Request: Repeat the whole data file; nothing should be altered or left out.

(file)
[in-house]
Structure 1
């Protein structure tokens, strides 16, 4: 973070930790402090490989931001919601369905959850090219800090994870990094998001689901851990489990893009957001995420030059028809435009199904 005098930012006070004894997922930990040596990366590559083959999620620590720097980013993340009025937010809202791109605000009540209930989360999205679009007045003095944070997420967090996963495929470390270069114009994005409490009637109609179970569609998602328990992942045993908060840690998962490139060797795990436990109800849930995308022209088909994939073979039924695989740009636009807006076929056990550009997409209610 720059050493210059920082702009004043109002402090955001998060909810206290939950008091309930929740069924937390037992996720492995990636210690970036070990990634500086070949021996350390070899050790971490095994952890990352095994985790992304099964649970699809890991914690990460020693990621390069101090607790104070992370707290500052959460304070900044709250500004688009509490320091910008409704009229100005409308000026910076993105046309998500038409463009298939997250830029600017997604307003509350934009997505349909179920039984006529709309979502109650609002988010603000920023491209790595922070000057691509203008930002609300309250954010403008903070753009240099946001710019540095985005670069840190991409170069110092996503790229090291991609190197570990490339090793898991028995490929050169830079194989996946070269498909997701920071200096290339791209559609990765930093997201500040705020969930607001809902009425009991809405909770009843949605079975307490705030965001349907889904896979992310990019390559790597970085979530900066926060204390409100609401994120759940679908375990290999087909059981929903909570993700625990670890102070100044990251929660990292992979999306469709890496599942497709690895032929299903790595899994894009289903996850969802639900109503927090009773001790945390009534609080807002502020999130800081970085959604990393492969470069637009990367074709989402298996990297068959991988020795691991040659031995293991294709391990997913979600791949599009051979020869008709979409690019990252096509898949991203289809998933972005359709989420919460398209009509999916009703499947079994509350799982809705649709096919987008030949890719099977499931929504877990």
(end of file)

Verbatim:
[in-house]
Structure 1
């Protein structure tokens, strides 16, 4: 973070930790402090490989931001919601369905959850090219800090994870990094998001689901851990489990893009957001995420030059028809435009199904 005098930012006070004894997922930990040596990366590559083959999620620590720097980013993340009025937010809202791109605000009540209930989360999205679009007045003095944070997420967090996963495929470390270069114009994005409490009637109609179970569609998602328990992942045993908060840690998962490139060797795990436990109800849930995308022209088909994939073979039924695989740009636009807006076929056990550009997409209610 720059050493210059920082702009004043109002402090955001998060909810206290939950008091309930929740069924937390037992996720492995990636210690970036070990990634500086070949021996350390070899050790971490095994952890990352095994985790992304099964649970699809890991914690990460020693990621390069101090607790104070992370707290500052959460304070900044709250500004688009509490320091910008409704009229100005409308000026910076993105046309998500038409463009298939997250830029600017997604307003509350934009997505349909179920039984006529709309979502109650609002988010603000920023491209790595922070000057691509203008930002609300309250954010403008903070753009240099946001710019540095985005670069840190991409170069110092996503790229090291991609190197570990490339090793898991028995490929050169830079194989996946070269498909997701920071200096290339791209559609990765930093997201500040705020969930607001809902009425009991809405909770009843949605079975307490705030965001349907889904896979992310990019390559790597970085979530900066926060204390409100609401994120759940679908375990290999087909059981929903909570993700625990670890102070100044990251929660990292992979999306469709890496599942497709690895032929299903790595899994894009289903996850969802639900109503927090009773001790945390009534609080807002502020999130800081970085959604990393492969470069637009990367074709989402298996990297068959991988020795691991040659031995293991294709391990997913979600791949599009051979020869008709979409690019990252096509898949991203289809998933972005359709989420919460398209009509999916009703499947079994509350799982809705649709096919987008030949890719099977499931929504877990």